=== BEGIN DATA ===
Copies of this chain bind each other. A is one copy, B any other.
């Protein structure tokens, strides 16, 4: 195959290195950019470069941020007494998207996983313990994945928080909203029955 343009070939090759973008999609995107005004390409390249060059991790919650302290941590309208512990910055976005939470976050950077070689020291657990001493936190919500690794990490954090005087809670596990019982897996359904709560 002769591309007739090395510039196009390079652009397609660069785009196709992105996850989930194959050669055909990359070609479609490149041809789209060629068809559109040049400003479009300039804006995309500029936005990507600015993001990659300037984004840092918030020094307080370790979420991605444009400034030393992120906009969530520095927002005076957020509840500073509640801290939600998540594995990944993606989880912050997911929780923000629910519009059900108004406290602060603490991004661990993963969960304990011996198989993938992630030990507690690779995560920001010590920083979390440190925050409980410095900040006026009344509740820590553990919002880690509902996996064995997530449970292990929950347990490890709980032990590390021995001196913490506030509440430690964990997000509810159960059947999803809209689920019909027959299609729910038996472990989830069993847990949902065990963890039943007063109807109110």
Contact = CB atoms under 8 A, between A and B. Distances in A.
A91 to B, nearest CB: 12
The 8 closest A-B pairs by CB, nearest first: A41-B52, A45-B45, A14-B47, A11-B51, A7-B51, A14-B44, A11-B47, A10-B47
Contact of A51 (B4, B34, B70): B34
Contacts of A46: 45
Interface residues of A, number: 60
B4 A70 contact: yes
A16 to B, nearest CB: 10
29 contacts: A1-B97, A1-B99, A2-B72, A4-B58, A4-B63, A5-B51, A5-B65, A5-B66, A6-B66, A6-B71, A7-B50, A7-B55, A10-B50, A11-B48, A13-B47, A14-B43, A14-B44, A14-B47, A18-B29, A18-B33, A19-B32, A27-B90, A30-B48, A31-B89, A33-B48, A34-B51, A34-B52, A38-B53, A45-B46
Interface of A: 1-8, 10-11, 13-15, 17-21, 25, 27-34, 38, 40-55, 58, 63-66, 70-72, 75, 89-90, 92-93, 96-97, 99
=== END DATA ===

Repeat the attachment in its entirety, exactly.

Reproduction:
Copies of this chain bind each other. A is one copy, B any other.
């Protein structure tokens, strides 16, 4: 195959290195950019470069941020007494998207996983313990994945928080909203029955 343009070939090759973008999609995107005004390409390249060059991790919650302290941590309208512990910055976005939470976050950077070689020291657990001493936190919500690794990490954090005087809670596990019982897996359904709560 002769591309007739090395510039196009390079652009397609660069785009196709992105996850989930194959050669055909990359070609479609490149041809789209060629068809559109040049400003479009300039804006995309500029936005990507600015993001990659300037984004840092918030020094307080370790979420991605444009400034030393992120906009969530520095927002005076957020509840500073509640801290939600998540594995990944993606989880912050997911929780923000629910519009059900108004406290602060603490991004661990993963969960304990011996198989993938992630030990507690690779995560920001010590920083979390440190925050409980410095900040006026009344509740820590553990919002880690509902996996064995997530449970292990929950347990490890709980032990590390021995001196913490506030509440430690964990997000509810159960059947999803809209689920019909027959299609729910038996472990989830069993847990949902065990963890039943007063109807109110």
Contact = CB atoms under 8 A, between A and B. Distances in A.
A91 to B, nearest CB: 12
The 8 closest A-B pairs by CB, nearest first: A41-B52, A45-B45, A14-B47, A11-B51, A7-B51, A14-B44, A11-B47, A10-B47
Contact of A51 (B4, B34, B70): B34
Contacts of A46: 45
Interface residues of A, number: 60
B4 A70 contact: yes
A16 to B, nearest CB: 10
29 contacts: A1-B97, A1-B99, A2-B72, A4-B58, A4-B63, A5-B51, A5-B65, A5-B66, A6-B66, A6-B71, A7-B50, A7-B55, A10-B50, A11-B48, A13-B47, A14-B43, A14-B44, A14-B47, A18-B29, A18-B33, A19-B32, A27-B90, A30-B48, A31-B89, A33-B48, A34-B51, A34-B52, A38-B53, A45-B46
Interface of A: 1-8, 10-11, 13-15, 17-21, 25, 27-34, 38, 40-55, 58, 63-66, 70-72, 75, 89-90, 92-93, 96-97, 99